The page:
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Interpret the Future with Analytics and Machine Learning


What’s the average click-through rate of our email campaigns? How did our company website perform this month?

These questions show how familiar we have become with analytics in our lives. Algorithms, sensors and smarter data analysis enable us all to monitor our health, assess personal productivity and measure professional performance.

Companies such as Amazon have long been analyzing our online and offline behavior, improving our shopping experiences and better understanding their sales.

In the workplace, business intelligence and analytics applications are transforming every department.

Marketing can prove its impact on revenue. The CFO is forecasting further into the future and with greater accuracy. IT is becoming increasingly strategic with project delivery and management.

The language of analytics is also influencing how we speak. Dashboards, metrics and trend analysis have entered corporate boardrooms. We talk in KPIs and tangible outcomes.

Shifting Sectors

The workhorses behind analytics applications are data centers. Some consist of vast data halls, others are no larger than an air-conditioned room controlled by IT.

It is this range in scale that makes the topic so fascinating. Hyper-scale facilities consume the same amount of energy as a small town. Extensive pressure is being put on the world’s water supplies by data centers. In the US alone, data center power usage in 2014 was the equivalent of 6.4 million average homes. This level of consumption puts data centers under the microscope to ensure compliance with an organization’s CSR promises.

Facilities are also incredibly complex to manage. The largest can cost billions of dollars to build. A simple mistake can damage a company’s bottom line far into the future. Despite these risks, many data centers are still managed with rudimentary data techniques and, in most cases, spreadsheets. This over-reliance on unreliable metrics and manual monitoring and managing means organizations struggle to accurately measure how facilities perform financially and operationally. In this era of rapid business results, that’s hardly evidence of strong corporate governance.

Analytics Delivers the Benefits

When such large sums of capital investment are at risk, why aren’t businesses changing faster?

Most of the time it is because the data center is too low on the corporate agenda. This mindset needs to change. The data center is a corporate asset that should be assessed on equal terms with other business projects.

Analytics can deliver with this objective and not every business is standing still. Some executive teams have recognized how analytics improves the forecasting, construction and management of facilities. These analytics are also beneficial to companies investing in the data center industry that previously didn’t have any involvement – for example, land purchasing organizations and investment funds.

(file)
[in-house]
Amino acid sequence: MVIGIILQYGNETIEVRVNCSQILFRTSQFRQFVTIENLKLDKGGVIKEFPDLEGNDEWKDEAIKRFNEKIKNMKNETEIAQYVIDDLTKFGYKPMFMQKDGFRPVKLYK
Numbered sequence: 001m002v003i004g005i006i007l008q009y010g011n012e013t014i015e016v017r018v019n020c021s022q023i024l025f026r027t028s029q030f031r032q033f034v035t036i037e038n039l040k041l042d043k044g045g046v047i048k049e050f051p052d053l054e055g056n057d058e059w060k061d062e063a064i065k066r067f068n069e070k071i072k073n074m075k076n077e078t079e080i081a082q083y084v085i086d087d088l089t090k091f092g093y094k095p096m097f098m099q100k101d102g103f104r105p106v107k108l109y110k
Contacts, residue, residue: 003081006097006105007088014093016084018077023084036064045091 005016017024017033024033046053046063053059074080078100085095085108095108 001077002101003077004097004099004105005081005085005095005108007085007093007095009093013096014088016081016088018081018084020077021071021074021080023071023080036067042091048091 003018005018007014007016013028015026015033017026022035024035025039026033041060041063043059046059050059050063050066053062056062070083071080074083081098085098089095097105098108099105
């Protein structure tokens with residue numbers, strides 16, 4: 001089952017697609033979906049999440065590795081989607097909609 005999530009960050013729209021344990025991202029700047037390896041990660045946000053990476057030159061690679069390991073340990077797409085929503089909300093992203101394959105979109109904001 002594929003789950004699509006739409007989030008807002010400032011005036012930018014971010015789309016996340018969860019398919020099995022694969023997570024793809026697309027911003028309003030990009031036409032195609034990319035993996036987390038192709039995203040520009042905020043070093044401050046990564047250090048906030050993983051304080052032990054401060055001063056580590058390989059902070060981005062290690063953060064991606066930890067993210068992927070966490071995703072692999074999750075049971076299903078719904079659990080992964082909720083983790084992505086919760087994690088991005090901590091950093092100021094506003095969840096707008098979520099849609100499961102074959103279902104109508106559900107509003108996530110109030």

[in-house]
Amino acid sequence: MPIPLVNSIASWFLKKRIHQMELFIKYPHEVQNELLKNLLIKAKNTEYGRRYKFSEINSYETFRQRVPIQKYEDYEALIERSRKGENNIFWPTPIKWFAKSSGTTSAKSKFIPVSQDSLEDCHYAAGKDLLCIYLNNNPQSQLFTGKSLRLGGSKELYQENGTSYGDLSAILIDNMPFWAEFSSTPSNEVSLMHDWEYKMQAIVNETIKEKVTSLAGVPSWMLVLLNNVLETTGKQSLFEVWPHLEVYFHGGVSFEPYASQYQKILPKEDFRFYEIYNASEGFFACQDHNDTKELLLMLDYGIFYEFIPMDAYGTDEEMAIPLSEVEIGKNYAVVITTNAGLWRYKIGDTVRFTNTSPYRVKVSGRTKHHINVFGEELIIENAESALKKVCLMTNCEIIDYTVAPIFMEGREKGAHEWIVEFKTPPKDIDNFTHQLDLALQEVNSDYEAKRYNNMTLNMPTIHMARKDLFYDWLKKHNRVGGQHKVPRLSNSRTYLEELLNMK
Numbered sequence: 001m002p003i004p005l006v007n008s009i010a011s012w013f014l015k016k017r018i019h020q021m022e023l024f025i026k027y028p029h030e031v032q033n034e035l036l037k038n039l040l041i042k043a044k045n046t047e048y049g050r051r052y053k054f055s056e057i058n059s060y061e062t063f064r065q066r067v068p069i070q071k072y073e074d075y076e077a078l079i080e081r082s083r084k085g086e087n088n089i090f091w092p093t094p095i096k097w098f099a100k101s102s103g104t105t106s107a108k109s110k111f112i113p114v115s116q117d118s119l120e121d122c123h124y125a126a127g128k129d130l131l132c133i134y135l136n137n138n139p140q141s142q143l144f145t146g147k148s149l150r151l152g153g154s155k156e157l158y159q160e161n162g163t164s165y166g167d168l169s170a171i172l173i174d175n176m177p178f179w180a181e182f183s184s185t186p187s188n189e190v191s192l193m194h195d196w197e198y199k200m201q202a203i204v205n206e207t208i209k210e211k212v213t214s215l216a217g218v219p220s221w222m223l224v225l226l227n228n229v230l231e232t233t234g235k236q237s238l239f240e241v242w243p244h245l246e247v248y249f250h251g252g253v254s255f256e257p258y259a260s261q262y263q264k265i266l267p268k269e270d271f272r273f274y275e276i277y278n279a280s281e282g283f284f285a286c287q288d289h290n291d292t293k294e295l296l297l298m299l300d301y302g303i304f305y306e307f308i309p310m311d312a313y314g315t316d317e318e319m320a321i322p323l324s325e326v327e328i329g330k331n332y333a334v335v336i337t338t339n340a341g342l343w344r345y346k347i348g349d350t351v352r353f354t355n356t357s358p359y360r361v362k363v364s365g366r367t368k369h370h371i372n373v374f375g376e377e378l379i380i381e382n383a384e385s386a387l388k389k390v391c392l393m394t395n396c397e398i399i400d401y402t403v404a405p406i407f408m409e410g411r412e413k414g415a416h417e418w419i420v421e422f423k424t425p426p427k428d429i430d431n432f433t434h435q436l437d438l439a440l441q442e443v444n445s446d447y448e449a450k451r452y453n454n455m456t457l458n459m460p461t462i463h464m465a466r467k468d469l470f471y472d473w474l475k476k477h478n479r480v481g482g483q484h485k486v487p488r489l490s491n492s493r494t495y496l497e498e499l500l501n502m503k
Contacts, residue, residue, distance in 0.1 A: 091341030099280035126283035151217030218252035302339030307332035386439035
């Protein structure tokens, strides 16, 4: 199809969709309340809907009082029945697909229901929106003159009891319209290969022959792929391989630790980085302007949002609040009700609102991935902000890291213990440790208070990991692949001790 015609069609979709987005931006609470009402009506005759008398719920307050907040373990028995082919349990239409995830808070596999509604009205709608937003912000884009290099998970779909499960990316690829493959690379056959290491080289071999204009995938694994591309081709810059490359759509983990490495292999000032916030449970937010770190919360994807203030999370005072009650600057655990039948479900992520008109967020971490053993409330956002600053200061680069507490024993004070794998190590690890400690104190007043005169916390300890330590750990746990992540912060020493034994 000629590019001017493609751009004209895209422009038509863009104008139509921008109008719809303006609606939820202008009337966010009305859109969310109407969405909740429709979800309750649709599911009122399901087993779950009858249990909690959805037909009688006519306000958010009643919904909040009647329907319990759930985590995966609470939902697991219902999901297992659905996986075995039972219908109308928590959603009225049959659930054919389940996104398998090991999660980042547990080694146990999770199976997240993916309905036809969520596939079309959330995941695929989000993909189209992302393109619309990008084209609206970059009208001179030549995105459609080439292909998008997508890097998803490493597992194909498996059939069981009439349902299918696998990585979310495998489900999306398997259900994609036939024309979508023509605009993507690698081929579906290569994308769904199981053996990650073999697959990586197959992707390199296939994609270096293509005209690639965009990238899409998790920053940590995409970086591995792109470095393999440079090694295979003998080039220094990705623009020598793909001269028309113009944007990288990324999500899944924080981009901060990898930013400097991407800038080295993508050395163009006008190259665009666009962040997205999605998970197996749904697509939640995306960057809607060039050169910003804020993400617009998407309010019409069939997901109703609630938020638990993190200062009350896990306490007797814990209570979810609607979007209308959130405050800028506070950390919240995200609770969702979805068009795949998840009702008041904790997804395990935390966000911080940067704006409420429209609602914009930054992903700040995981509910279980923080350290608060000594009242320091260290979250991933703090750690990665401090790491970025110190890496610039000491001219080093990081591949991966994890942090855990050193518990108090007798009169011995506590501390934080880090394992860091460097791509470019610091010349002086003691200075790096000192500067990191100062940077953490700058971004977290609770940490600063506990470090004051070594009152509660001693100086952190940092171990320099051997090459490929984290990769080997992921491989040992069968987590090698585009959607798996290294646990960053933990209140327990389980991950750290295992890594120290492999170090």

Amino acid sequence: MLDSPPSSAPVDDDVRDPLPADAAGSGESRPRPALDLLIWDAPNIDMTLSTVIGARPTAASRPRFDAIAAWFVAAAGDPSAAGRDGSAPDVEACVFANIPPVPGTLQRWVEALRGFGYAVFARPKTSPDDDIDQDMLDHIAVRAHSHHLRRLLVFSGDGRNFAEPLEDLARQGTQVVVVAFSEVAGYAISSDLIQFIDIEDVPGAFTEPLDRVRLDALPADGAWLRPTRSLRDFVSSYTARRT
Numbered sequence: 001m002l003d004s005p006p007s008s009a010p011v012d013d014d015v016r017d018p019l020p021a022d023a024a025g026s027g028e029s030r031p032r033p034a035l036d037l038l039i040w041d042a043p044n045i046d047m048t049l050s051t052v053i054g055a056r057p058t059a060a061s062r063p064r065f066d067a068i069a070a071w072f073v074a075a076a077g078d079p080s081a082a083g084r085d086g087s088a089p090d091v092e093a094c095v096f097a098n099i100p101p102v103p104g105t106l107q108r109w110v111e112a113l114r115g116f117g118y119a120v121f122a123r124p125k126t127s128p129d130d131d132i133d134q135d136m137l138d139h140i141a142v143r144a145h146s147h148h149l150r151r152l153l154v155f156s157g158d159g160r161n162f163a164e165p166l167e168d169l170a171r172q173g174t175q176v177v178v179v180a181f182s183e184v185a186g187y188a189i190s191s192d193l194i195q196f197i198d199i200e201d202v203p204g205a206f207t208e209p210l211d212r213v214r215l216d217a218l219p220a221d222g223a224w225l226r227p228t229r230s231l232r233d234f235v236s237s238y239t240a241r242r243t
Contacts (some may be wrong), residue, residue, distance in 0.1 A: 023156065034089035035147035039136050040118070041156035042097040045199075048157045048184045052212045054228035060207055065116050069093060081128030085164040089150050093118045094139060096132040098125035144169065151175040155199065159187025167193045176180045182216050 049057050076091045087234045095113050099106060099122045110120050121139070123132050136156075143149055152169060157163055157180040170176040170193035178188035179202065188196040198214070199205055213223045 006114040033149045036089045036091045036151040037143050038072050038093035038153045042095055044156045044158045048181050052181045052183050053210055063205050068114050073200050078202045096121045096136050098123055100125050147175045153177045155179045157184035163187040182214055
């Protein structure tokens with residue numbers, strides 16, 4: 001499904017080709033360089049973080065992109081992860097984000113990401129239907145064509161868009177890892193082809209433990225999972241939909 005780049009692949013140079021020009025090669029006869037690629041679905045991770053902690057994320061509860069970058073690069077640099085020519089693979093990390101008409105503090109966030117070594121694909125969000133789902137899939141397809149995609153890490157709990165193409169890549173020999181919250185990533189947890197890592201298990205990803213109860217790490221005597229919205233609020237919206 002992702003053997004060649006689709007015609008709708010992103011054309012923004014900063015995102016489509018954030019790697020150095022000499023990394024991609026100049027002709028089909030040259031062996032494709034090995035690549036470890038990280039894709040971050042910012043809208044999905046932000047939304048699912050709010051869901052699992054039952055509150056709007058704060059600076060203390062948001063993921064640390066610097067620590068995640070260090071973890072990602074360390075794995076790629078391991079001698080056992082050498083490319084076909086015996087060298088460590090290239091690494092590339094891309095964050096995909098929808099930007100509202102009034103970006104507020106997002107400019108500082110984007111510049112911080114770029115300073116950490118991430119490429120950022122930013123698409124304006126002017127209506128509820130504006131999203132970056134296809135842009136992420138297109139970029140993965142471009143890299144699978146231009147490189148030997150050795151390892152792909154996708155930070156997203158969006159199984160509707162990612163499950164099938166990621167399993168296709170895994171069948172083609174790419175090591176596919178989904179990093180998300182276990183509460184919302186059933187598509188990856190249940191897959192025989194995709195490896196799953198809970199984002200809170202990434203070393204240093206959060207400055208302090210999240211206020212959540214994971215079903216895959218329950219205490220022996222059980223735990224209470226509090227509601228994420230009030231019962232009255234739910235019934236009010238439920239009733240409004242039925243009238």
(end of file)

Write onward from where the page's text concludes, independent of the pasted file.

Predictive modeling software is validating prospective designs. Those responsible for site selection, project management and IT sourcing can identify, before construction even starts, where the most economically viable location would be, what equipment to purchase and even the best type of facility for the business – hybrid, cloud or colocation.

Once built, real-time analytics tools enable finance professionals to accurately track the total cost of ownership of a facility. With a smart analytics solution, this figure is no longer an approximate or static number, but a quantifiable cost that adapts to facility changes, to fluctuations in the cost of water and energy, and to other internal and external factors. Predictions can be made for the entire lifecycle of the facility.

If the business provides outsourced data center or cloud services, the CFO can analyze customer margins to an impressive degree – e.g. which customers are generating the most revenue, are certain IT halls using too much power against contracted amounts? Is the facility performing to our CSR targets? This data filters through to operational teams who can allocate capacity to maximize available resources.

Learning from the Machines

The progress doesn’t stop there. Recent advancements in Machine Learning have made the business outcomes even more attainable.

Applications are fed pre-cleansed and calibrated data to recognize and learn patterns. The result is a new wave of analytics solutions that can suggest causes and recommended actions from previously learned results, enabling automated decision making.

Look at some use-cases. Google reduced its data center energy bills by 40% using DeepMind, its Artificial Intelligence (AI) platform. Companies are using similar solutions to reduce how much water their facilities consume - a massive boost to CSR and transparency. Engineers are even assessing how different physical layouts will impact the efficiency of a data center before spending a single dollar. Businesses face an important choice. Be part of the problem or become known for leadership in analytics, business management and environmental sustainability.

Everyone can help - find out who within your organization is responsible for the data center that underpins analytics applications. Ask them – are they using analytics themselves? After all, this could be your chance to recommend a solution that can generate impressive financial savings, and the career enhancement that accompanies those results.

(About the author: Zahl Limbuwala is chief executive offficer at Romonet)

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